Soils knowledge and gendered landscapes in Bolivia and the Philippines: Can GIS tell their story?

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This poster explores the challenges of mixing GIS and qualitative methods in a research-for-development context with a collaborative research program financed by USAID. It is a part of a pilot project to identify gender-based constraints and opportunities for conservation agriculture production systems in smallholder farming communities. Our goal is to map gendered landscapes and local soils knowledge linking participatory mapping with GPS mapping. Data gathering has been completed in Bolivia and initiated in the Philippines. The overall purpose of the project is to understand how changes in farming practices that form part of conservation agriculture production systems—such as leaving crop cover on the field—will affect men and women’s use and knowledge of the land. It will present qualitative GIS methods used in sample households in the Bolivian Andes to discuss its cross-cultural applicability for future fieldwork in the Philippines. This research represents a novel approach to using GIS to organize, analyze, and present data drawn from multiple methodologies, both quantitative and qualitative. We present a narrow but multi-layered “slice” of data drawn from multiple methods, juxtaposing scientific knowledge with local, traditional knowledge about soils. Other methods included field and household visits, soil sampling, and GIS analysis. Preliminary findings show that men and women’s local soil knowledge is related to gendered access and use of space.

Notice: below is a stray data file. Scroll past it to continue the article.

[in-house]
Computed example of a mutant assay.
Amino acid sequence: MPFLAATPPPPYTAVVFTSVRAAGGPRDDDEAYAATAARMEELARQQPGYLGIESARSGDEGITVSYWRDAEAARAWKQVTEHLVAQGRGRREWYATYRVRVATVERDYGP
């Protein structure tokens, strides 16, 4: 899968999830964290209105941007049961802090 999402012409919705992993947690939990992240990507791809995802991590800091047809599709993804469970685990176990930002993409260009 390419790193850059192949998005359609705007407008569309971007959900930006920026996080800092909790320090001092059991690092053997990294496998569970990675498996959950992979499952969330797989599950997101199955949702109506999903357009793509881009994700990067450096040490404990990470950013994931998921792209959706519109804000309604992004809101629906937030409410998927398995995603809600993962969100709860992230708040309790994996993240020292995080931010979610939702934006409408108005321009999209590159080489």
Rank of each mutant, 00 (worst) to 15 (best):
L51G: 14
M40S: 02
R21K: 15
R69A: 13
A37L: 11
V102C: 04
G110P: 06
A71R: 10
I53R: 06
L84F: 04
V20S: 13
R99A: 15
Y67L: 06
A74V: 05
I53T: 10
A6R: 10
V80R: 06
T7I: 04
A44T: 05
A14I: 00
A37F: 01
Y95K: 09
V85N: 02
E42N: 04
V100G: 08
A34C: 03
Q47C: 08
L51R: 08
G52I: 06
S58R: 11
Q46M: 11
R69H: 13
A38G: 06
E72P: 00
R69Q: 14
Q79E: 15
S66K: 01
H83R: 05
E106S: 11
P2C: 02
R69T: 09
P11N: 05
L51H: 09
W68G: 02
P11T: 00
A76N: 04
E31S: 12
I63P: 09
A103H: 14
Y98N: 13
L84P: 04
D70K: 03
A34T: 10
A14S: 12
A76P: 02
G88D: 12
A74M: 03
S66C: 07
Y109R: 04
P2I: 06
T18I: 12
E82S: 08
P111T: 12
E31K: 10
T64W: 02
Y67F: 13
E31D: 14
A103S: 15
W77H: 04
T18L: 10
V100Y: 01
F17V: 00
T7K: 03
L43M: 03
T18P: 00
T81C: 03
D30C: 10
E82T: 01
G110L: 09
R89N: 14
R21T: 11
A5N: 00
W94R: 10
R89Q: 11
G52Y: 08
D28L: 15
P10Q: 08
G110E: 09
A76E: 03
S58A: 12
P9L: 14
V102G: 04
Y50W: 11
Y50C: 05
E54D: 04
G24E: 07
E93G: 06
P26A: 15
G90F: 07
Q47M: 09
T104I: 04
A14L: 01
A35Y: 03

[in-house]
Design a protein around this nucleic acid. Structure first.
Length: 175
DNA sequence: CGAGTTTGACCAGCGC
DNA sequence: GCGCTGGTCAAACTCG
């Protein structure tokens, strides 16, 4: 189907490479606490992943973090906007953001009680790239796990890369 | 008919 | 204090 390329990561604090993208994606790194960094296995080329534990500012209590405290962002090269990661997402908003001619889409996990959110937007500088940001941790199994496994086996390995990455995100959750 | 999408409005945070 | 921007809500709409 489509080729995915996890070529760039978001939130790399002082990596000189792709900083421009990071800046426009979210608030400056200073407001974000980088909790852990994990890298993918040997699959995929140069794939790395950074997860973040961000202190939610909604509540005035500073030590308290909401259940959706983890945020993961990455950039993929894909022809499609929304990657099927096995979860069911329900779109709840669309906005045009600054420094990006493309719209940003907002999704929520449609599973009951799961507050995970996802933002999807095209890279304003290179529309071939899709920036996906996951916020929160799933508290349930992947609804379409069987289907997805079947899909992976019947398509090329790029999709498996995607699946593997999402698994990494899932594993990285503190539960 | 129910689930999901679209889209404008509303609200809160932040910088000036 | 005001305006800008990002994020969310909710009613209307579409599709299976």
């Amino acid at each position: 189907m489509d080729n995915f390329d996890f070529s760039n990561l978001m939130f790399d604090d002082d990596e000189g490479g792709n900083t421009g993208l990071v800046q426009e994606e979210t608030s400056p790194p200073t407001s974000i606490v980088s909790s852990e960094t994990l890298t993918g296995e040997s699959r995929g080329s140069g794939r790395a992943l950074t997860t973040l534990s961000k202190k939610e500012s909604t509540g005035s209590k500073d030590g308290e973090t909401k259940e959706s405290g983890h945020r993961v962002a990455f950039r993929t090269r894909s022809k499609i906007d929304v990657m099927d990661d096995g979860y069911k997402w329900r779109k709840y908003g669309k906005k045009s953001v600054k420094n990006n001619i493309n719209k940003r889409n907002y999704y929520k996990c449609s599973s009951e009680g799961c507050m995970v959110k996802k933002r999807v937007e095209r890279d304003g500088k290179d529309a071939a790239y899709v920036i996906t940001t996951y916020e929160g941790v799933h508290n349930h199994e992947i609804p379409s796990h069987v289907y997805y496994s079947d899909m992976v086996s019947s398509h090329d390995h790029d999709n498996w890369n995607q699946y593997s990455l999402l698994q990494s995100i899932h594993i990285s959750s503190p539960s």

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Conservation agriculture, Gender, Community participation, Participatory mapping, Qualitative gis, Gendered landscapes, Gendered knowledge, Soils
Abstract submitted to the Annual Meeting of the Association of American Geographers, New York, New York, 2012